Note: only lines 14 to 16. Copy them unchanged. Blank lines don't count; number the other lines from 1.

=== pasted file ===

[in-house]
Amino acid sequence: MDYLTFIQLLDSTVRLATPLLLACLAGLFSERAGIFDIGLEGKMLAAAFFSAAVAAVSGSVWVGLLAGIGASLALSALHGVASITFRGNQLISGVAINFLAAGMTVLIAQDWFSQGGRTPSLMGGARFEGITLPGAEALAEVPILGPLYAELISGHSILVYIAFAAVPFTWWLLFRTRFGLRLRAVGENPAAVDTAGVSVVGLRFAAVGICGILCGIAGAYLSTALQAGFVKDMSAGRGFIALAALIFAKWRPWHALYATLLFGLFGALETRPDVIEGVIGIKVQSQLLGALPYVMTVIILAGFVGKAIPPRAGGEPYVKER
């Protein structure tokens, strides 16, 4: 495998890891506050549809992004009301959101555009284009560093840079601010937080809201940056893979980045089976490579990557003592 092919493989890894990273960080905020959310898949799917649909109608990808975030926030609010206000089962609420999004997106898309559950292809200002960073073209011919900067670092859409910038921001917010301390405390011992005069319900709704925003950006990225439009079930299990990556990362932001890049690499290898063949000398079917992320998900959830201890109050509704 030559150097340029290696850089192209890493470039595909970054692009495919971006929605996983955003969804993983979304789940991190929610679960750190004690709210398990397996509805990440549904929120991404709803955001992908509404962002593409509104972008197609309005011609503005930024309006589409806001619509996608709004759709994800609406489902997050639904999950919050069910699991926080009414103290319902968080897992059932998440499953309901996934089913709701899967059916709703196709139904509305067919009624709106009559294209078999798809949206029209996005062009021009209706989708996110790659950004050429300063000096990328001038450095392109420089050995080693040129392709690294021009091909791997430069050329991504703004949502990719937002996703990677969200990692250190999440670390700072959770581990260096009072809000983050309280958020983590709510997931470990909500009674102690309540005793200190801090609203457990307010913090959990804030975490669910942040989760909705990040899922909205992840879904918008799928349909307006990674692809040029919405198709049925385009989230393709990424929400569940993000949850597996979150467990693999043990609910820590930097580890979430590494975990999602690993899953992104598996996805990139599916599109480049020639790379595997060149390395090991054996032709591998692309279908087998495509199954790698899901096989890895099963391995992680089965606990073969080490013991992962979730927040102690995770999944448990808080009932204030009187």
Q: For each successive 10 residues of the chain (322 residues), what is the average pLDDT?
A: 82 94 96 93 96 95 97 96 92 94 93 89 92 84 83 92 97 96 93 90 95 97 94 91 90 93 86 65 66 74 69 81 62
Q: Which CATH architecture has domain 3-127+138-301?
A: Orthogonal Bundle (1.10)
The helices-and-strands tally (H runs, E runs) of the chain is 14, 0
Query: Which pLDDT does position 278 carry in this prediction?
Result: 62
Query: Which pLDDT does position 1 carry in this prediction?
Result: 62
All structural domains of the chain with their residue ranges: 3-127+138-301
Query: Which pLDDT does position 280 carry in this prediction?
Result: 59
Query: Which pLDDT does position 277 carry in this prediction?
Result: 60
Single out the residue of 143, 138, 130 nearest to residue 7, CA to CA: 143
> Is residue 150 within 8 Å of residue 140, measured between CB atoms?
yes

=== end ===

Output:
Query: Which pLDDT does position 280 carry in this prediction?
Result: 59
Query: Which pLDDT does position 277 carry in this prediction?